The UK Government Association issued a report criticising the supermarkets’ record on packaging, stating that ‘excessive’ use of food packaging is undermining householders’ efforts to recycle and is adding to council tax bills. However, without a pack to protect goods, more waste is generated due to damage and spoilage.
The War on Waste report appears to show that the proportion of packaging which can be recycled has changed little. However, the survey compares products in different packs to previous reports so it is difficult to draw reliable conclusions.
Packaging seeks to reduce waste, and food packaging is an important component of food distribution, without which levels of waste, and the consequent burden on landfill, would increase substantially. With local councils running differing waste management strategies, consumers are left confused about what can and cannot be recycled. The situation needs joined up thinking between all stakeholders – raw material suppliers, packaging companies, retailers, local authorities/government and re-processors to find the best waste management strategies.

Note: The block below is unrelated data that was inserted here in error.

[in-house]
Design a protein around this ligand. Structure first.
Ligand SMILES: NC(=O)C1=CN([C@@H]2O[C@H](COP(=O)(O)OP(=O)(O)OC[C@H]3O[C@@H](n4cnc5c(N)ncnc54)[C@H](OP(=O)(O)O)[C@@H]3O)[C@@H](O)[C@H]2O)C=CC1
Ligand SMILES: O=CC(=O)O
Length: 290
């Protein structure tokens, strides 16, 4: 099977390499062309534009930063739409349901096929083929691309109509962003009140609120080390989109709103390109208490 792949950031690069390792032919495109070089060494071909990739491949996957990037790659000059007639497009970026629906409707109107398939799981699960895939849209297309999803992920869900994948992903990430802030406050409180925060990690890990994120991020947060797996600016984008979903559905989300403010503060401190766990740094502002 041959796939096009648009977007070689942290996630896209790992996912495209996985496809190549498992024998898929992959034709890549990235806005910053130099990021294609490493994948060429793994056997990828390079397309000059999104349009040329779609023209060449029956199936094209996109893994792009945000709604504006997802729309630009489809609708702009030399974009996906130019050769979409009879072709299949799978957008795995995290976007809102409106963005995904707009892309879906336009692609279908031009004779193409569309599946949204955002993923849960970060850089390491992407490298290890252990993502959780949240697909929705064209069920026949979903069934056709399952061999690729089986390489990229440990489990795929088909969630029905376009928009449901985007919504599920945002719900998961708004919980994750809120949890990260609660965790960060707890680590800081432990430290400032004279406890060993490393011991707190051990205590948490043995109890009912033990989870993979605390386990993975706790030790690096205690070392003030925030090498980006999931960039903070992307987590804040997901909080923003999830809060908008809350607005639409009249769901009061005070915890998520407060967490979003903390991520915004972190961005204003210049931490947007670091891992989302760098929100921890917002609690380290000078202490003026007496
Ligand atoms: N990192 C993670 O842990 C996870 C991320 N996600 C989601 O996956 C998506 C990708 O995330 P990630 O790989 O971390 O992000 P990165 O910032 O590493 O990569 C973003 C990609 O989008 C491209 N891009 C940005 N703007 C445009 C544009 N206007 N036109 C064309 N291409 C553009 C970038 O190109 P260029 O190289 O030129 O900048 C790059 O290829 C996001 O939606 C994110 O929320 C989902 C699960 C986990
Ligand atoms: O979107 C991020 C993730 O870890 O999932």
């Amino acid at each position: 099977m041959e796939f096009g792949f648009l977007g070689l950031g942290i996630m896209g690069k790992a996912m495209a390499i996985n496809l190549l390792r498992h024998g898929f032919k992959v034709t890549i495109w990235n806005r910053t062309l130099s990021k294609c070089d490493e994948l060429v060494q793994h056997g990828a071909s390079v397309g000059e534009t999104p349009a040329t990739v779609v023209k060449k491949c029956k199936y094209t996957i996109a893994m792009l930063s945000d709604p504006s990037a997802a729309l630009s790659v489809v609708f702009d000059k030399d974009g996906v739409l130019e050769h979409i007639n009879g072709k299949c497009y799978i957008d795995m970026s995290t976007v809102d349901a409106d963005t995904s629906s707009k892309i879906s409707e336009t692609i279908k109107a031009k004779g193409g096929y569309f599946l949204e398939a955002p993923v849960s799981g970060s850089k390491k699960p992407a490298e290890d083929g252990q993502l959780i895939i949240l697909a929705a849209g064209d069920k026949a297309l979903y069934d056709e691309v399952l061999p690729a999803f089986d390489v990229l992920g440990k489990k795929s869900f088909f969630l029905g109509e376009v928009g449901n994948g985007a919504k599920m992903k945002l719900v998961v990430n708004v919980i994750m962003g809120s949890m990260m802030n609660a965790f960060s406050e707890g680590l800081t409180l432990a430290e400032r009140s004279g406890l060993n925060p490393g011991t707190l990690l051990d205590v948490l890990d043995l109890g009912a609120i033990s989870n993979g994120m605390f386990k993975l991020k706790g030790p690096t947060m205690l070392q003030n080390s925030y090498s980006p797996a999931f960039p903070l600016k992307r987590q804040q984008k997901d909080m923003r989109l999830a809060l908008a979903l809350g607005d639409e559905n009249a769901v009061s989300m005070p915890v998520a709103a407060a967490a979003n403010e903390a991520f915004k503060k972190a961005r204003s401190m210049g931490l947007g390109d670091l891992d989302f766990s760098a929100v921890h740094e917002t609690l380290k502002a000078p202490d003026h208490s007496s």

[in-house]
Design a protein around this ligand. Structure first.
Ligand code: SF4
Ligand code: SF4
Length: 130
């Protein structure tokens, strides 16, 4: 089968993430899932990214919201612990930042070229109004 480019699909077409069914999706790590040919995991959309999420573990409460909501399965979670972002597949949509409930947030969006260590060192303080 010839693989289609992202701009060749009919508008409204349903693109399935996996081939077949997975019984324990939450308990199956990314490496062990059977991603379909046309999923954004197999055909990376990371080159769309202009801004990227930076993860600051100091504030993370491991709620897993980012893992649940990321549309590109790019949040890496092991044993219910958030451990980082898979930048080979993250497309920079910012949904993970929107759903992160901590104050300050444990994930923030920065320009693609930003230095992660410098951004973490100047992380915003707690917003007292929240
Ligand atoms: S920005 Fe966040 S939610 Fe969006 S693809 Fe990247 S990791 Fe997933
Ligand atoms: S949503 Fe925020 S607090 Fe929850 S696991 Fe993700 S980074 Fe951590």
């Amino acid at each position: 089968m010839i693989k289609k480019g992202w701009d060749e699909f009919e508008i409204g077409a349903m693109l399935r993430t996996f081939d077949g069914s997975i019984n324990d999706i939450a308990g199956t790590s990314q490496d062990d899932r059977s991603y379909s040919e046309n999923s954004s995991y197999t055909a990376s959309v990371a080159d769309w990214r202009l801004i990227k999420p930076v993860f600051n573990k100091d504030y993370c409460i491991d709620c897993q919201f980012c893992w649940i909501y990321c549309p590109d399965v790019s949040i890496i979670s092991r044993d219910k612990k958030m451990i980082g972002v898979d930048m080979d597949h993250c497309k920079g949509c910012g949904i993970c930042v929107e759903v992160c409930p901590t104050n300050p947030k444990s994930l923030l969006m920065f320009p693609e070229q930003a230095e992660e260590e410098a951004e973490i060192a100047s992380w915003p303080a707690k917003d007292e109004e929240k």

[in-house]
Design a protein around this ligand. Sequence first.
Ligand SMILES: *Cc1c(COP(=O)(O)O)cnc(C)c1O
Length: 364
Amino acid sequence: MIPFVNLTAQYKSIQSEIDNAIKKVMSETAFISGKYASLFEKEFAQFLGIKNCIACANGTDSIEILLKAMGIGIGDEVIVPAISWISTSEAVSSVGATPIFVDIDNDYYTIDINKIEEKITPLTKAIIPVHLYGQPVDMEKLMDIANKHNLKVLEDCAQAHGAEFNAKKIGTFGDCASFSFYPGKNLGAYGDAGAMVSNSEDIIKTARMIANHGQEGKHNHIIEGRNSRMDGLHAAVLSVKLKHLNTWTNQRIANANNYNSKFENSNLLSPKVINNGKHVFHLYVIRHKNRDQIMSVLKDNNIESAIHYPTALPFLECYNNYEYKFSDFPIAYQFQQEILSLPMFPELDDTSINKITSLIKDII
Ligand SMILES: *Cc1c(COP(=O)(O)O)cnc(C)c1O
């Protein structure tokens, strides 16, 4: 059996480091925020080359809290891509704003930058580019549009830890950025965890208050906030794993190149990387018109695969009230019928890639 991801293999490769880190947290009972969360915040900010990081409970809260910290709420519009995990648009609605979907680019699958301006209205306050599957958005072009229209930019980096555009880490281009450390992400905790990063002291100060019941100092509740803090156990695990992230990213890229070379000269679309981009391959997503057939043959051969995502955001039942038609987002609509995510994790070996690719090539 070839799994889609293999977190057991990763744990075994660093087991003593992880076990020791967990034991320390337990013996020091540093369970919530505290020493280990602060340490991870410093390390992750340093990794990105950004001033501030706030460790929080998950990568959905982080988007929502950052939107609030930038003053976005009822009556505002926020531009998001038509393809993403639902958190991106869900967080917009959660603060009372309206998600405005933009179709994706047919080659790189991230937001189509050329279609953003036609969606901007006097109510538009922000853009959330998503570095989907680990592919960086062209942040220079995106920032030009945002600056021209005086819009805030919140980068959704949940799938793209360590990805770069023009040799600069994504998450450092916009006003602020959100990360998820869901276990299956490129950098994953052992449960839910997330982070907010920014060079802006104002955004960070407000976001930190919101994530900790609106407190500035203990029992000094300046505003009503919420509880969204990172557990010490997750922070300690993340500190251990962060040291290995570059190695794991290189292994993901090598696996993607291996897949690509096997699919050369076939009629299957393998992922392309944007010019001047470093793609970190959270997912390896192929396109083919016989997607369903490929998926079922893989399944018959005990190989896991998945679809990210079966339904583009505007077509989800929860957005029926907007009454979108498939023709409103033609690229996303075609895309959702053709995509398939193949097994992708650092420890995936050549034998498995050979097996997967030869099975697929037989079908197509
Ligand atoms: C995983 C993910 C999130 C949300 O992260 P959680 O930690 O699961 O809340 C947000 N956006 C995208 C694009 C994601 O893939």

The packaging industry and supermarkets have a good record on reducing the weight of packaging as well as finding ways to increase shelf-life and reduce product waste. Initiatives from the Packaging Recycling Action Group and the Courtauld Commitment are making excellent progress on improving packaging’s environmental impact and reducing product waste. In terms of energy consumption, the latter has a far greater impact on the environment.
Packaging seeks to reduce waste